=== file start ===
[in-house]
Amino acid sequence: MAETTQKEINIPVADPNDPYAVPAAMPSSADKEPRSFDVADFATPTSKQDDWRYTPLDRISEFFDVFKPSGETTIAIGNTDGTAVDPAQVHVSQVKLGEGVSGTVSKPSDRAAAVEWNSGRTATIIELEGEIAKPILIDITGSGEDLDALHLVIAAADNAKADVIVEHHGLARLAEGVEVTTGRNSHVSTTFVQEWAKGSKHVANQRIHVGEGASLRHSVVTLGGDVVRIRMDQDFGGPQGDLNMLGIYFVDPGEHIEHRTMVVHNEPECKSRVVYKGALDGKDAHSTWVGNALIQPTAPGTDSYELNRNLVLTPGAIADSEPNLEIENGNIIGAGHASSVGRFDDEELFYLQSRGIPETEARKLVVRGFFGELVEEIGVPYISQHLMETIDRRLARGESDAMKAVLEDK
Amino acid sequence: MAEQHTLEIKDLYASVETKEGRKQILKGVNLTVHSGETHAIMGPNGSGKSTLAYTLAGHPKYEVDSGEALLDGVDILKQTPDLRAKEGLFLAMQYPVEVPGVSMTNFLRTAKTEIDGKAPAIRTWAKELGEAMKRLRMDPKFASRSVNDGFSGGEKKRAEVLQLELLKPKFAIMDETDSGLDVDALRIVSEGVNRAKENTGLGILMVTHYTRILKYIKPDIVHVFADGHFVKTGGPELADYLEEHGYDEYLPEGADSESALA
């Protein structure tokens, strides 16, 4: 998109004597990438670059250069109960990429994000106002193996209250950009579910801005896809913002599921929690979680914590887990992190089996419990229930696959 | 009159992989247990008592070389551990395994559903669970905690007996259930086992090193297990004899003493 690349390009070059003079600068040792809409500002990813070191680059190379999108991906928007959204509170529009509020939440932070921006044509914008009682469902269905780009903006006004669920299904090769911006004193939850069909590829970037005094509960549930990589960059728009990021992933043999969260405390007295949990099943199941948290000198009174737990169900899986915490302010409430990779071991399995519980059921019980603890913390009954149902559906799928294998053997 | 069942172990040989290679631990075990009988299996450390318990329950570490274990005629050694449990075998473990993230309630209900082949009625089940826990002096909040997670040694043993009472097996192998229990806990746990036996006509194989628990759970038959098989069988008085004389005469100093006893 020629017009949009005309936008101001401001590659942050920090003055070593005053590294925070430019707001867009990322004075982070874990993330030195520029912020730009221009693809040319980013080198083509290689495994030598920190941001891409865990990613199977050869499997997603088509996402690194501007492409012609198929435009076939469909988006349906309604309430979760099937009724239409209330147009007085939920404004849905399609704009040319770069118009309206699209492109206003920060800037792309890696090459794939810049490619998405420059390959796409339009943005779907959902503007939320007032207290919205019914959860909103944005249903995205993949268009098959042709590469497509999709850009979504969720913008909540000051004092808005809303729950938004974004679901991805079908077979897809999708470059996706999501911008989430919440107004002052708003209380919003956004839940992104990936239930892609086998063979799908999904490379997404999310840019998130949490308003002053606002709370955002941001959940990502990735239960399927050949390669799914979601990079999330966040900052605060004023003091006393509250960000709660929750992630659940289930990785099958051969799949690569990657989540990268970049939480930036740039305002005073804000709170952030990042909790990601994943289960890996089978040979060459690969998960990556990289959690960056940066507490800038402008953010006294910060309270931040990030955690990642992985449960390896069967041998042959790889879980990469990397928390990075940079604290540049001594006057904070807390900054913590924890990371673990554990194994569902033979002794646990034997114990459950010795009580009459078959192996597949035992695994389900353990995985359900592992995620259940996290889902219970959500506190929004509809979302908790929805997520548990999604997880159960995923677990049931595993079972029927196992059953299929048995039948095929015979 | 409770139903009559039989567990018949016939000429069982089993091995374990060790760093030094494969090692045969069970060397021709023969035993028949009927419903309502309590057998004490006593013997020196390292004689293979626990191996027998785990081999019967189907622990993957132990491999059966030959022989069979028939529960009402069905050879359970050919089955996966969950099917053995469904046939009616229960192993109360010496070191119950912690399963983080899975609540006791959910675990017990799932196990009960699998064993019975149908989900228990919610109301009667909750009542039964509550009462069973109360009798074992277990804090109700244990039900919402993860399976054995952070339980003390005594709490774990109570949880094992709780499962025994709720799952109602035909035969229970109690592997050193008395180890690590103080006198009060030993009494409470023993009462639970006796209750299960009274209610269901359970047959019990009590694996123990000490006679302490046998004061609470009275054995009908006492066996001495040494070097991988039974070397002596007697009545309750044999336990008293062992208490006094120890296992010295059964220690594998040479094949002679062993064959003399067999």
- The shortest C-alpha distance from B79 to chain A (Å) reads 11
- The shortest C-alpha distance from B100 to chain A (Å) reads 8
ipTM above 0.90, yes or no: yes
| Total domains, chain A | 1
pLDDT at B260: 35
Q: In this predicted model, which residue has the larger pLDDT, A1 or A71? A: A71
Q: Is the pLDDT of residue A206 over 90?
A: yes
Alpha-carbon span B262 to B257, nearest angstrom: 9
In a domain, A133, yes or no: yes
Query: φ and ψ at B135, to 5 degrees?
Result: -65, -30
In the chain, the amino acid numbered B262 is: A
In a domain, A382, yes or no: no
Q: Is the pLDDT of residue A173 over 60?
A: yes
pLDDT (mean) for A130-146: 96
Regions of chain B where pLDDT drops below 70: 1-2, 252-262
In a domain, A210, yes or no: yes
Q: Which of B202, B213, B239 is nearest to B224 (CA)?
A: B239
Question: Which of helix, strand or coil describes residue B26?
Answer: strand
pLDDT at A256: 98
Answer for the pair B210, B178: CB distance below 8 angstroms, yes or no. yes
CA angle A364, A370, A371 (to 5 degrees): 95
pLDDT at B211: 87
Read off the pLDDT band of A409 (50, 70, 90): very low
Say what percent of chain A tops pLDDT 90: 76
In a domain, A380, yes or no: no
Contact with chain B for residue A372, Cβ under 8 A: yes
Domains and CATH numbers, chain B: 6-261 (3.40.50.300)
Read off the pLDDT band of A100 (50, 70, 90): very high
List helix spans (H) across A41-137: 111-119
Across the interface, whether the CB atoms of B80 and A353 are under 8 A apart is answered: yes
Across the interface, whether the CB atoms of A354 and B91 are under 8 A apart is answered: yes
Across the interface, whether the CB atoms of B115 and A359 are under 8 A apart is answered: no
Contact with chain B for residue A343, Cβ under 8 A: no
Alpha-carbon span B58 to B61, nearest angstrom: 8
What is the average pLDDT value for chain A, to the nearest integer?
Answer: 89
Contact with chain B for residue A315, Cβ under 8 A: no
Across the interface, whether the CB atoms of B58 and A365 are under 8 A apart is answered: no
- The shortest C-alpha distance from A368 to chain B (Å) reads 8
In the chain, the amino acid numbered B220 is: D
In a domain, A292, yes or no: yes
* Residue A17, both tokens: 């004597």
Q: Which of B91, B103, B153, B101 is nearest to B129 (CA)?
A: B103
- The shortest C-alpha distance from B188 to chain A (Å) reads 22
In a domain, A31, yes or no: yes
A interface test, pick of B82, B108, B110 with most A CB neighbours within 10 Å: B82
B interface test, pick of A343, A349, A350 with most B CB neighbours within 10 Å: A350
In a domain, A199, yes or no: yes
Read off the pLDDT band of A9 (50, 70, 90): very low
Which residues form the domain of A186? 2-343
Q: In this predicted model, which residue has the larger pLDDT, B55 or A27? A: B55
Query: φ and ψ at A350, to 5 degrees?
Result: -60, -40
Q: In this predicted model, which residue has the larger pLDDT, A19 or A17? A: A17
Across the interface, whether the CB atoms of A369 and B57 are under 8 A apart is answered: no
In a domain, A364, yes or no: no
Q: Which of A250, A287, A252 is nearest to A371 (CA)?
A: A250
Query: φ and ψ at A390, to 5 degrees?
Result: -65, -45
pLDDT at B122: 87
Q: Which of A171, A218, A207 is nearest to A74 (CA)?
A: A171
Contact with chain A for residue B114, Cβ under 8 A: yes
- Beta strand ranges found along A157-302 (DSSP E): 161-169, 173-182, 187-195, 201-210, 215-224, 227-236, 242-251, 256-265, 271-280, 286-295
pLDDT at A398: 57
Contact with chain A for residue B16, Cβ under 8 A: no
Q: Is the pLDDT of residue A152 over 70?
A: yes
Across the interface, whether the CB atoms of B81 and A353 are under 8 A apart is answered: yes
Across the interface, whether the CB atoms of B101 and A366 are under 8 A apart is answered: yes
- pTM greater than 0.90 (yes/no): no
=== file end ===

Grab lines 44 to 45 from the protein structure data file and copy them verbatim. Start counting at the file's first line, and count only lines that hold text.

What is the average pLDDT value for chain A, to the nearest integer?
Answer: 89